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Want a Larger U.S. Military? Then Finally Pay for It

February 24, 2014

The New York Times reported Monday that Defense Secretary Chuck Hagel is has proposed cutting the U.S. Army from its wartime peak of 570,000 troops to as few as 440,000. Under pressure from the 2011 sequester and the recently inked Murray-Ryan budget plan, Hagel's blueprint would shrink the active duty Army to its lowest strength since World War II.
Many conservatives are predictably apoplectic about the reductions. But they shouldn't be. After all, while Uncle Sam was adding $2 trillion to the national credit card to pay for the conflicts in Afghanistan and Iraq, President Bush and his Republican allies were draining the U.S. Treasury with unprecedented wartime tax cuts.

Hagel, Fox News gleefully reported, is "drawing criticism that the drastic changes will hurt U.S. security."

Rep. Michael McCaul, R-Texas, chairman of the House Homeland Security Committee, warned that the cuts would hurt military readiness. And he said the country is only in this position because the Obama administration and Congress will not seriously take on cuts to entitlements.
"It's all being sacrificed ... on the altar of entitlements. This president cannot take on mandatory spending, so all we've done in the Congress -- and this president -- is basically cut discretionary spending," he told Fox News.

McCaul is conveniently ignoring the entirety of American history in the 21st century and the unfunded wars the U.S. has been fighting since it began.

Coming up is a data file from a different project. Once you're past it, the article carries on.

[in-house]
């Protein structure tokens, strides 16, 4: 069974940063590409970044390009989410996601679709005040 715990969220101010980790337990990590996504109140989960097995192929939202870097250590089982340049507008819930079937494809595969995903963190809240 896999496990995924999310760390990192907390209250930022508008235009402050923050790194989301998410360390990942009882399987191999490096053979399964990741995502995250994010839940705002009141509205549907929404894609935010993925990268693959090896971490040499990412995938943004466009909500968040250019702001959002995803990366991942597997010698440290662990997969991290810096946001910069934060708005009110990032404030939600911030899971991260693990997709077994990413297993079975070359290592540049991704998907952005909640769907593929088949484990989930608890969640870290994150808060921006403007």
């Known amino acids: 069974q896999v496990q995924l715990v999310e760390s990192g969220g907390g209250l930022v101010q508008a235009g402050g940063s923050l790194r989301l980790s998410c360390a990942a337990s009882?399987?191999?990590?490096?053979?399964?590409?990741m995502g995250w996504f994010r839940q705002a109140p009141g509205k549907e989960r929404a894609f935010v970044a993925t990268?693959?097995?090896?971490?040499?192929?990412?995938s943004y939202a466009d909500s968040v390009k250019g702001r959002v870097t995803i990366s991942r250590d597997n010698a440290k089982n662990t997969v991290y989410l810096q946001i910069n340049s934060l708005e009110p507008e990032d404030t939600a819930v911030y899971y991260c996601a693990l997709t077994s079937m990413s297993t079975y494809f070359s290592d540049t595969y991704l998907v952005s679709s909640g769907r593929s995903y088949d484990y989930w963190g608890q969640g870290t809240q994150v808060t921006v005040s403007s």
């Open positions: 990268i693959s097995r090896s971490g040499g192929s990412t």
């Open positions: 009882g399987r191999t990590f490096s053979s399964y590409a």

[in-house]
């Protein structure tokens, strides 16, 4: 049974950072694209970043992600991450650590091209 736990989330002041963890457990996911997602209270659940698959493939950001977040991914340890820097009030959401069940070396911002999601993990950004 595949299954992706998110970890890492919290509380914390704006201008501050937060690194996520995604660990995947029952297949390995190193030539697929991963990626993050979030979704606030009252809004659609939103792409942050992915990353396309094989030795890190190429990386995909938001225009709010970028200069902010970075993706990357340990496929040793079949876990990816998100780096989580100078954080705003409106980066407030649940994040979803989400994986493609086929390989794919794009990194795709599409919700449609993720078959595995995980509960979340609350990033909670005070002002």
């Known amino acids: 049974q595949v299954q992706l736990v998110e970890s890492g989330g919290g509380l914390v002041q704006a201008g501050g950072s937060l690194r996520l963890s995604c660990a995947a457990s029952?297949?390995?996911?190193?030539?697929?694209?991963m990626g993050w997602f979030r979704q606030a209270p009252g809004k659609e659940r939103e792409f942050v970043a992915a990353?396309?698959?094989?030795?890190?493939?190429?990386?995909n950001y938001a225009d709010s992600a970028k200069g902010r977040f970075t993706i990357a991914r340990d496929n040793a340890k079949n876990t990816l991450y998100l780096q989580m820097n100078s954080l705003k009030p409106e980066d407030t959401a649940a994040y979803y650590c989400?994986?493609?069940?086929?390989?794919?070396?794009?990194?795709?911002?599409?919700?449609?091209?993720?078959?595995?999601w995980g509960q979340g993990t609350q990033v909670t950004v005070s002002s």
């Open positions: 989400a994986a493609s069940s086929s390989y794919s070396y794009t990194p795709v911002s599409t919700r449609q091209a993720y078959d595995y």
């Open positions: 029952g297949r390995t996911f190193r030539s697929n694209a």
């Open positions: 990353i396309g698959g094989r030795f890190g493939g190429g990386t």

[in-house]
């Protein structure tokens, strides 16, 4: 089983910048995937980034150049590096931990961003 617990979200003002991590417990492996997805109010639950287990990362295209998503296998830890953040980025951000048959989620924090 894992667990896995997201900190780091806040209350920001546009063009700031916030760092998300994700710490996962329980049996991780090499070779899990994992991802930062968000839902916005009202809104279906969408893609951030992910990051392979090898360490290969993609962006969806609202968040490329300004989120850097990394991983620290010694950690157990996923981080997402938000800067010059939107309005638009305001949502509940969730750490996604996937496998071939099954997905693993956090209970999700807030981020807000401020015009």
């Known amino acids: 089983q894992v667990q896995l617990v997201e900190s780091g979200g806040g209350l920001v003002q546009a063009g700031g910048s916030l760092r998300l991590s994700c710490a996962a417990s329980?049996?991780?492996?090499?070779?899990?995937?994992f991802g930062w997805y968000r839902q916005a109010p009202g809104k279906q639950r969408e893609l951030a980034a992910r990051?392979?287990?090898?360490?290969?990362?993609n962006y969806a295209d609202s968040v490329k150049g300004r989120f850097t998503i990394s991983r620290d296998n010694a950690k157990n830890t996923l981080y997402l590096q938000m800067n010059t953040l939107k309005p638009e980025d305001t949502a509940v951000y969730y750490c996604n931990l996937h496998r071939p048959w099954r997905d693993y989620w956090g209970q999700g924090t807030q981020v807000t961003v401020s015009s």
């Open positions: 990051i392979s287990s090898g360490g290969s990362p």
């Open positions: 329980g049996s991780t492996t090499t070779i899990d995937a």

In 2011, the Congressional Research Services put the price tag on America's post-9/11 wars at $1.28 trillion. A 2013 Harvard study estimated that the total cost to the U.S. Treasury so far has reached $2 trillion. In keeping with another analysis from researchers at Brown University, the Harvard team forecasts that in the years to come the total figure including veterans' pensions and health care could balloon to $4 to $6 trillion. As the Washington Post noted:

Spending borrowed money to pay for the wars has also made them more expensive, the study noted. The conflicts have added $2 trillion to America's debt, representing roughly 20 percent of the debt incurred between 2001 and 2012.

That's because after September 11, President Bush didn't follow FDR's example and ask Americans to pay higher taxes to defeat Al Qaeda. Instead, Bush cut them.

In 2001, as you'll recall, Bush signed his $1.4 trillion tax cut into law. Two years later, Bush and his Republican allies in Congress passed a second round of cuts forecast to cost $550 billion over the ensuing decade. (After Bush became the first modern president to cut taxes during wartime, in 2009 Barack Obama became the second with his stimulus program that delivered the largest two-year tax cut in American history.) As the Center on Budget and Policy Priorities explained in 2009, the Bush tax cuts accounted for about half of the deficits during his tenure and, if continued, would generate more red ink that the two wars, TARP, revenue lost to the recession and the cost of Medicare Part D combined. And when most of the Bush wartime tax cuts were made permanent as part of the 2013 "fiscal cliff" deal, President Obama and Congress guaranteed the hemorrhaging of red ink would continue for years to come. As the Washington Post put it last September:

Despite multiple deficit-reduction deals during the past three years, the national debt is projected to swell to 100 percent of the economy by 2038, due primarily to the enormous cost of caring for an aging society. Making matters worse: tax cuts for the vast majority of Americans made permanent during last year's fiscal cliff showdown. If the tax cuts had been allowed to expire, projections showed the debt dropping to 52 percent of GDP during the next 25 years.

And that means it will be very difficult indeed for the United States to maintain or expand its current defense footprint. Unless, that is, Republicans decide they would finally like to pay for it.


Jon Perr
Jon Perr is a technology marketing consultant and product strategist who writes about American politics and public policy.

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